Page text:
Example:  A clever woman argues better than a man = Man hits her

If it is true that a clever woman ‘makes’ a man hit her, then every clever woman would experience the same physically abusive behaviour.  It would mean that every man who has relationship with a clever woman would be unable to control himself and would be hitting the woman.

10 Clever women argue better than 10 men = 10 Men hit the 10 women

100 Clever women argue better than 100 men = 100 Men hit the 100 women

1000 Clever women argue better than 1000 men = 1000 Men hit the 1000 women

Does this make sense?

The problem is that people say ‘he made me do it’ or ‘she made me lose my temper’, ‘she made me hit her’.  It is as if they have absolutely no control over how they feel or how they behave.  If we do not have a part to play in how we feel and behave then we would be completely stuck, unable to move forward or do anything useful.  Is this what we see happen to everyone around us?

So who is responsible for your feelings, attitude and behaviour? 

The simple answer is ‘you are’.  You are responsible for your feelings and reactions and they are provoked by your thoughts; the attitudes you’ve formed; the habits and beliefs you no longer question.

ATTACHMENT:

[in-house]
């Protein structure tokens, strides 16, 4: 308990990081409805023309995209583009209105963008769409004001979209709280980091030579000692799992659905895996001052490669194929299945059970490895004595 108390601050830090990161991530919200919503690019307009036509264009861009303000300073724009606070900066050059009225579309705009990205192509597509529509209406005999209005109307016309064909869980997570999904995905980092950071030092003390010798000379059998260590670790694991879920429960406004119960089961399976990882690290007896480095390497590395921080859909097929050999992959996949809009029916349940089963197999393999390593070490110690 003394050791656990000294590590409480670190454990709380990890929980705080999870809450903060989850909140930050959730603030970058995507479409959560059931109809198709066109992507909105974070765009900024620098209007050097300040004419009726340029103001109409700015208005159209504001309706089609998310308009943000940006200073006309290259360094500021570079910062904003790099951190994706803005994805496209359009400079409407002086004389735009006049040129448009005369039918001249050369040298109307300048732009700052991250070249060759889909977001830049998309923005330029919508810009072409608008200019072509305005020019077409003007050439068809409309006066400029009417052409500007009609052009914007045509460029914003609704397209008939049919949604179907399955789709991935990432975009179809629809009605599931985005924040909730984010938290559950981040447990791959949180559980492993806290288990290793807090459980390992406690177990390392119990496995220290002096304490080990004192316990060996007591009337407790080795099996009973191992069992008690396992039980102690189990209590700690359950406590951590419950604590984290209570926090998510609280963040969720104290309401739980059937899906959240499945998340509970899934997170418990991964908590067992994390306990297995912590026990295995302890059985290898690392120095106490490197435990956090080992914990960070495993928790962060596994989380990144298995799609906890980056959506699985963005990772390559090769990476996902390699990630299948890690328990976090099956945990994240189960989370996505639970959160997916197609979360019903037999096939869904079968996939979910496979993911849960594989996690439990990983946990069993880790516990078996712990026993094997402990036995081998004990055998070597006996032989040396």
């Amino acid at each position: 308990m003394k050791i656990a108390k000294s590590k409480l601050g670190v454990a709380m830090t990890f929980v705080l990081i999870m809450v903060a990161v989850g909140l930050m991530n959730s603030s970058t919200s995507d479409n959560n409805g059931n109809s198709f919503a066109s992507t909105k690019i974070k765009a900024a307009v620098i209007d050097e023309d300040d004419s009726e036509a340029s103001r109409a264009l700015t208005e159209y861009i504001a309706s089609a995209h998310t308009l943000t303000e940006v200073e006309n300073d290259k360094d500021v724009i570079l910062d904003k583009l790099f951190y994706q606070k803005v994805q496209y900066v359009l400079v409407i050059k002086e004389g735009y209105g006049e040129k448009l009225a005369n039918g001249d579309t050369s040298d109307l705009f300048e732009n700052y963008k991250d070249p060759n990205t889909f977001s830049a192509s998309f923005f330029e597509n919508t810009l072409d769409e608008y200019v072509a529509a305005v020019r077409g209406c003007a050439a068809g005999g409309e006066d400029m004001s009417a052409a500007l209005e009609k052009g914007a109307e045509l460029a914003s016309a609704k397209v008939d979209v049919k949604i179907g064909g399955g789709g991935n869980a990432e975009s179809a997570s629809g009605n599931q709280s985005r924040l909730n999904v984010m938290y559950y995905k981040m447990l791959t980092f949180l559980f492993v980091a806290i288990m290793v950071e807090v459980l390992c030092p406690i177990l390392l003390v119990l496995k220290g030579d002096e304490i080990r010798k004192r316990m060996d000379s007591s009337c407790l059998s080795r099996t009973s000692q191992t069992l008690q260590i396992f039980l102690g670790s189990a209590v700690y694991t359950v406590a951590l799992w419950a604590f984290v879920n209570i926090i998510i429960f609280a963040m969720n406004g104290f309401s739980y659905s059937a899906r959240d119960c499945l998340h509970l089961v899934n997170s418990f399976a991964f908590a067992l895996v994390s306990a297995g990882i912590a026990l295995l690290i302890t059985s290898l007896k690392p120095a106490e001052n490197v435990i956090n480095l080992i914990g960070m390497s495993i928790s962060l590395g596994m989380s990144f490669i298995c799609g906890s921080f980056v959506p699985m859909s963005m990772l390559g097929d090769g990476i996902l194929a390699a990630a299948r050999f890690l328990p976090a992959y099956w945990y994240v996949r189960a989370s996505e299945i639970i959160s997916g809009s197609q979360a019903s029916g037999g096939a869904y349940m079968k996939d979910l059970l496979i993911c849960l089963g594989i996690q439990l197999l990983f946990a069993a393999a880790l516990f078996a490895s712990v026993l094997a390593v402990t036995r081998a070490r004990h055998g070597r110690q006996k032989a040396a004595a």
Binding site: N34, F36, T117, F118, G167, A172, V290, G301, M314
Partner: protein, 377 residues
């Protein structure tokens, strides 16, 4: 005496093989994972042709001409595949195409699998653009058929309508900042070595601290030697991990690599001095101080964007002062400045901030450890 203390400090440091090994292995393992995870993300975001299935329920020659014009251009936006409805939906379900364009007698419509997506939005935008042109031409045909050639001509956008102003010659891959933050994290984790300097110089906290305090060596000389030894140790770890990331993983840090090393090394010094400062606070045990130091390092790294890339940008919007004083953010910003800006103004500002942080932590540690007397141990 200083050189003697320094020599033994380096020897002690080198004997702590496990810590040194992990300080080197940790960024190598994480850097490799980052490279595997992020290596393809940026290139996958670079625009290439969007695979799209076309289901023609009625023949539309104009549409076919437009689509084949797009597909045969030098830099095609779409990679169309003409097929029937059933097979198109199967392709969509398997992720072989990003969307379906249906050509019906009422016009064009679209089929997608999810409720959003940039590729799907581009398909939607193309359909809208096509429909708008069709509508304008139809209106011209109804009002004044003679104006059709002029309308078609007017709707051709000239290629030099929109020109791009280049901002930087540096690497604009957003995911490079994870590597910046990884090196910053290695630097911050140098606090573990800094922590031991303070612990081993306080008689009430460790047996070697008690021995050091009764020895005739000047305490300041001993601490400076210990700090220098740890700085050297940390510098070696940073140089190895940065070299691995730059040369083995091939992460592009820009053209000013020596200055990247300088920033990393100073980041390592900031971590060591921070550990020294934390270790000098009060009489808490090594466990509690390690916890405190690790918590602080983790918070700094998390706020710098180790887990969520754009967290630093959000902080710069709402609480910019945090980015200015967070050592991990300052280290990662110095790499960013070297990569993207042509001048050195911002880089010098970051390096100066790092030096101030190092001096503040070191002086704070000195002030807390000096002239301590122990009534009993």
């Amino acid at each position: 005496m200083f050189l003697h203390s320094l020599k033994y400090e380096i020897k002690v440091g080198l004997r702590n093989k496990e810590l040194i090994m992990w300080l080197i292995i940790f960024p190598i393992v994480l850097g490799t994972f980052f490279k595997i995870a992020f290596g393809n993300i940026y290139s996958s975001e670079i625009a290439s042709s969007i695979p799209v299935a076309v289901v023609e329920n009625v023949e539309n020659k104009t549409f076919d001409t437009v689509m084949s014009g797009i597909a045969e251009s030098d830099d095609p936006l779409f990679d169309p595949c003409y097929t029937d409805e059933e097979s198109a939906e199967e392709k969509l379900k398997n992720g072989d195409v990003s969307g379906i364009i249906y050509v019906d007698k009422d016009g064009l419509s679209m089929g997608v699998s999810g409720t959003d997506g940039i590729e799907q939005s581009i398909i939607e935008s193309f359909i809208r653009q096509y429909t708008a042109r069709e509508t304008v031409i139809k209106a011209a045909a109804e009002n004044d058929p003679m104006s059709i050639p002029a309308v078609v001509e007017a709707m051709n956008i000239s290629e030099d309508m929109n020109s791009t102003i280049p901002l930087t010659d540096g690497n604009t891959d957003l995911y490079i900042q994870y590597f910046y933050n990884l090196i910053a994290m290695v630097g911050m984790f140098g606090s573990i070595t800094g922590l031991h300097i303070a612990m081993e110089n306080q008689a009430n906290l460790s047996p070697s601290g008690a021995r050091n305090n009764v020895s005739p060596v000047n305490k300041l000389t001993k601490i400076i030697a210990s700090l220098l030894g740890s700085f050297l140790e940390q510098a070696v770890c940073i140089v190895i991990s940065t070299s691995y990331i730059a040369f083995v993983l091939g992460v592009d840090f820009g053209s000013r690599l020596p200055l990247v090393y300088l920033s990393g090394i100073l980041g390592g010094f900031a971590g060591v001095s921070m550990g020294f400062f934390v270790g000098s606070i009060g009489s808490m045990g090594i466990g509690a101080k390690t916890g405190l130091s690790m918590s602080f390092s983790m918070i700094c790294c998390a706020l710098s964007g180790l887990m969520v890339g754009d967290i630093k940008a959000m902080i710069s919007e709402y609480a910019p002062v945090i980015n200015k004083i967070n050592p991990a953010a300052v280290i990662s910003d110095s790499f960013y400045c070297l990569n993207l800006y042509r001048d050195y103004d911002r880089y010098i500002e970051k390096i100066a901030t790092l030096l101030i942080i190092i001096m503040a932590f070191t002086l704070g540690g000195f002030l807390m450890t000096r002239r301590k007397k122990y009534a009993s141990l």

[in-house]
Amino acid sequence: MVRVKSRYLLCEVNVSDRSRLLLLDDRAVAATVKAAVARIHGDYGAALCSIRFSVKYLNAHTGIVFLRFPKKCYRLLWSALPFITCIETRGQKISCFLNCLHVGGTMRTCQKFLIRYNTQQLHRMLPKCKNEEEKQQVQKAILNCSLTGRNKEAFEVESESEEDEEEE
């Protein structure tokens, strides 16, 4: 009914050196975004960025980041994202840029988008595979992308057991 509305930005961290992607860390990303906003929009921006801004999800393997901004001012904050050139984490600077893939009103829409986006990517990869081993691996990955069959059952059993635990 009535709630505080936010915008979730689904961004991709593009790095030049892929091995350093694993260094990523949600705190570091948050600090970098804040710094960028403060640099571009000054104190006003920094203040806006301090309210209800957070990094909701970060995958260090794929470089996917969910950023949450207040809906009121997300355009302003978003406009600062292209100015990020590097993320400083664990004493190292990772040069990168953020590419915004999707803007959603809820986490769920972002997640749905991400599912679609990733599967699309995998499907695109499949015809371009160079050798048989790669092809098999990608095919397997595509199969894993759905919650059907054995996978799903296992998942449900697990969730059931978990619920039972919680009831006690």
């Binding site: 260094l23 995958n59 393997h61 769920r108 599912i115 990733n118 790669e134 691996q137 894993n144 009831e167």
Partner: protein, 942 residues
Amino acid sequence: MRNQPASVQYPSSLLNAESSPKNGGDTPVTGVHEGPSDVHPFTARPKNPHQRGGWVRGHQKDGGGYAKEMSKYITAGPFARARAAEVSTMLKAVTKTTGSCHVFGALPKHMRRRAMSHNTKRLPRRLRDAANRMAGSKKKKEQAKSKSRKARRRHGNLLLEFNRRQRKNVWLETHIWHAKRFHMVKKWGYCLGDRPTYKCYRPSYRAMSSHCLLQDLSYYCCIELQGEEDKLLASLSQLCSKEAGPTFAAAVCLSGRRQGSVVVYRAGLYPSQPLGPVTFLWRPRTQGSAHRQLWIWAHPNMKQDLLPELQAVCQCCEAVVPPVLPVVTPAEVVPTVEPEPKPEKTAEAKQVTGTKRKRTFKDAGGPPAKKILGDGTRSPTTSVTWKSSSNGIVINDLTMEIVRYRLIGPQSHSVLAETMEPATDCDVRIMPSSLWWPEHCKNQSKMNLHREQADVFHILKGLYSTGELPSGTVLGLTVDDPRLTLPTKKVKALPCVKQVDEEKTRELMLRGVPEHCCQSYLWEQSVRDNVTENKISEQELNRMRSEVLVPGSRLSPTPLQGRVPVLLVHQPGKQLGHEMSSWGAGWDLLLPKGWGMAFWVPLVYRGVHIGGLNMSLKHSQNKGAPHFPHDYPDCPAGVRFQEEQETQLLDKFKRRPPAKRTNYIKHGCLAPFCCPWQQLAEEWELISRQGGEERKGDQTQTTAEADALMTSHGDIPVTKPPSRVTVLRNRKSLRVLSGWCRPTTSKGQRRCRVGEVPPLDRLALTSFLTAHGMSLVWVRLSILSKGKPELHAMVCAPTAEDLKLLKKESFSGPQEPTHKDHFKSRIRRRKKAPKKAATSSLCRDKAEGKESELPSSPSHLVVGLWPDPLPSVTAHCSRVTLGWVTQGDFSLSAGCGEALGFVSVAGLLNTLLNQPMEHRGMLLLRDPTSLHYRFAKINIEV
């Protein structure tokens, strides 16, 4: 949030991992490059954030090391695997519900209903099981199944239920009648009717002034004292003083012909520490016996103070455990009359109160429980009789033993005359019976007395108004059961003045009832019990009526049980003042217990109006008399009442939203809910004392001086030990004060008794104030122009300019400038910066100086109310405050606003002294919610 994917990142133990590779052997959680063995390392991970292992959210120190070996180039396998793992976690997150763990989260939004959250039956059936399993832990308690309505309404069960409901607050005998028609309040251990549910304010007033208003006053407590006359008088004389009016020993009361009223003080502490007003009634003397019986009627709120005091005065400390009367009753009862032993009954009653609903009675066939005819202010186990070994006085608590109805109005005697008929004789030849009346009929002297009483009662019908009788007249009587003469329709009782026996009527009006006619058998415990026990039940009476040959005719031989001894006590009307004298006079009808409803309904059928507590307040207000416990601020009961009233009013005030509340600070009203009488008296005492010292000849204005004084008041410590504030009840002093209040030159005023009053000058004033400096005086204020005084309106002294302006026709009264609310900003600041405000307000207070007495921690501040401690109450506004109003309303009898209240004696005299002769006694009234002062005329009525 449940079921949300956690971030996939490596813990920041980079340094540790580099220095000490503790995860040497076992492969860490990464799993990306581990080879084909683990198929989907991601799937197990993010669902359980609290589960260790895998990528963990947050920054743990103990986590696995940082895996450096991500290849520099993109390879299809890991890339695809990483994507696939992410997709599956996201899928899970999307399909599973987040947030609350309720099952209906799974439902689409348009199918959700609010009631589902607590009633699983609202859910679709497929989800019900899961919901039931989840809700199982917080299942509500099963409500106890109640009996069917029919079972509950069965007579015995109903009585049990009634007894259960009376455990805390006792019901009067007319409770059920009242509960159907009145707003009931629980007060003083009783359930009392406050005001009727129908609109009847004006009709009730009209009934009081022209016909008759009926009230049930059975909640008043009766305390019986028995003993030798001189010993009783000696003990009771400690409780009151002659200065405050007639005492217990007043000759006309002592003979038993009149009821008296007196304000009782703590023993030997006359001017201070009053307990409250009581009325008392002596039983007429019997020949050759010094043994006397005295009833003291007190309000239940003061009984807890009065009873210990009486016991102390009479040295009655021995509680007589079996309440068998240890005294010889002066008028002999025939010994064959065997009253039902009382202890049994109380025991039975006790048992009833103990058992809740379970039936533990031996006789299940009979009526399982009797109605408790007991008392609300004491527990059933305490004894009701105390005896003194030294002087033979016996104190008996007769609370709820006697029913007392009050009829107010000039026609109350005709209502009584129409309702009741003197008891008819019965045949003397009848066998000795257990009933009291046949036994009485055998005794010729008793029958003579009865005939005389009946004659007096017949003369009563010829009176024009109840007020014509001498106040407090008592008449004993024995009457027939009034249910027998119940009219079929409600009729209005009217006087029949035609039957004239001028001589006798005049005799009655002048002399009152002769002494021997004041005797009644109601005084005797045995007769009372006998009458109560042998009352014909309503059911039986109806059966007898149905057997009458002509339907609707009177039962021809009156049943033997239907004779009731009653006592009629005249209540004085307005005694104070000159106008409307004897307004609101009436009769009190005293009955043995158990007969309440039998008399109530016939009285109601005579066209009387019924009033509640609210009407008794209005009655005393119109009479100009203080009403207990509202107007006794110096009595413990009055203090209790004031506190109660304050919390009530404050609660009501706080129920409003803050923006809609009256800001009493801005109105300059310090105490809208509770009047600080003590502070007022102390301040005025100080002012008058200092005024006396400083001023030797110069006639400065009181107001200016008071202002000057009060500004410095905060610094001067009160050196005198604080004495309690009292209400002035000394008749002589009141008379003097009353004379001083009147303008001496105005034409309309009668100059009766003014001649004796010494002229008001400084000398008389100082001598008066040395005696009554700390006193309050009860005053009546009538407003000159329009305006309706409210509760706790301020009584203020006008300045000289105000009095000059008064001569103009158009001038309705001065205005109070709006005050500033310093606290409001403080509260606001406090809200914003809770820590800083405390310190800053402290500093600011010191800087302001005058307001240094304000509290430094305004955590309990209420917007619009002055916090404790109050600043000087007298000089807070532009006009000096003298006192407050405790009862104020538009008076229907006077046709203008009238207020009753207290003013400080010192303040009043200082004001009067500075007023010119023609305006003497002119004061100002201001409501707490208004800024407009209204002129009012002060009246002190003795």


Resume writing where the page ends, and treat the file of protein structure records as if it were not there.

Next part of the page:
This is the principle of Emotional Responsibility:  “You are largely responsible for the way you feel and act”.  Largely does not mean the other person sometimes causes your behaviour.  We just mean that there are some disorders like Manic Depression or Clinical Depression that are organic in nature; meaning it’s do with the person’s biology or genetic makeup.

The principle of emotional responsibility can be difficult for some people to accept, particularly if you are going through a difficult time or have experienced a personal tragedy.  It is natural to feel angry, sad, depressed or hurt in response to accidents, illness and other challenges in life.  It is also natural to experience negative emotions when you find someone challenging, but you can change your reaction.

Different people feel and experience contrasting emotions even when they experience the same challenge or difficulty. Therefore it is not the situation or another person that makes you feel or do.